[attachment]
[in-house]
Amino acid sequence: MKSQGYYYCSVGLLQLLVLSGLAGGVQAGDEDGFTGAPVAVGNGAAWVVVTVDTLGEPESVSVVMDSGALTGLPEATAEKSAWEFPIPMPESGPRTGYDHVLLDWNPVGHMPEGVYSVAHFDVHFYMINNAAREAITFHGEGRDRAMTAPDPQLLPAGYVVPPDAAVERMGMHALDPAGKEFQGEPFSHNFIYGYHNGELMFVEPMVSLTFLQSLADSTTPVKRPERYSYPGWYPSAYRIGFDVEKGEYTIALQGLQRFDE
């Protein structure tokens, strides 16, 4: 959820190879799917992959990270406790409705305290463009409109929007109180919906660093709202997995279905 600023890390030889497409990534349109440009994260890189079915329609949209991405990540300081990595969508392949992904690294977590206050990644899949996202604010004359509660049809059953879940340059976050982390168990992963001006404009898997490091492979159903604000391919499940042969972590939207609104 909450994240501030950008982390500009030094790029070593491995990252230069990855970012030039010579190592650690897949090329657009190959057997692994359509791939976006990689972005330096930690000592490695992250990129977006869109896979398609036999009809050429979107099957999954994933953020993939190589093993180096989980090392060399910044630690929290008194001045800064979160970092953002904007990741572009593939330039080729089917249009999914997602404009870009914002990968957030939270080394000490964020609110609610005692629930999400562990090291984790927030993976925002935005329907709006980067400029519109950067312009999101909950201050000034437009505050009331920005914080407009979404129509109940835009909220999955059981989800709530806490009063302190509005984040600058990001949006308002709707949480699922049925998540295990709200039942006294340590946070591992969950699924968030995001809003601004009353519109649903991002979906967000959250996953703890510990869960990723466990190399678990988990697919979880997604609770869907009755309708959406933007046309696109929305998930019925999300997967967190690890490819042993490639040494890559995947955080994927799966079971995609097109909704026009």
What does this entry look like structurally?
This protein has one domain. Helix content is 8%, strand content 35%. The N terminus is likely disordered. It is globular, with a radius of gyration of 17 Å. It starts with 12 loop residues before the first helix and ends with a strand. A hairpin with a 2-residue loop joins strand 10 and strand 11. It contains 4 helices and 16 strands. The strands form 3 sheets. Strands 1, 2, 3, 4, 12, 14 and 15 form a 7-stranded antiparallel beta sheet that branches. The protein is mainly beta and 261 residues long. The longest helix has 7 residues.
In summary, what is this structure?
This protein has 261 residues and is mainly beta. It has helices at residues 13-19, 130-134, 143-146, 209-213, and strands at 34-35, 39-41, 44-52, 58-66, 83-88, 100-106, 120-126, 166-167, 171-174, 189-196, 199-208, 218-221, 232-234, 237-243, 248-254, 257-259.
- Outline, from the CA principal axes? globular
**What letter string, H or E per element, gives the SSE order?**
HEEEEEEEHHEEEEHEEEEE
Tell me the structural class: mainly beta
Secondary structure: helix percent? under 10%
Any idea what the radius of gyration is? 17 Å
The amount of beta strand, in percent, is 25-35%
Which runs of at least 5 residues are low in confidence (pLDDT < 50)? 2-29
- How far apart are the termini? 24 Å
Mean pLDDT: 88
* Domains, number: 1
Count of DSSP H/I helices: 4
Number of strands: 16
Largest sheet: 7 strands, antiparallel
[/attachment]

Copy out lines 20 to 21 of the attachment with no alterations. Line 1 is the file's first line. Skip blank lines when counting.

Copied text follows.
Number of strands: 16
Largest sheet: 7 strands, antiparallel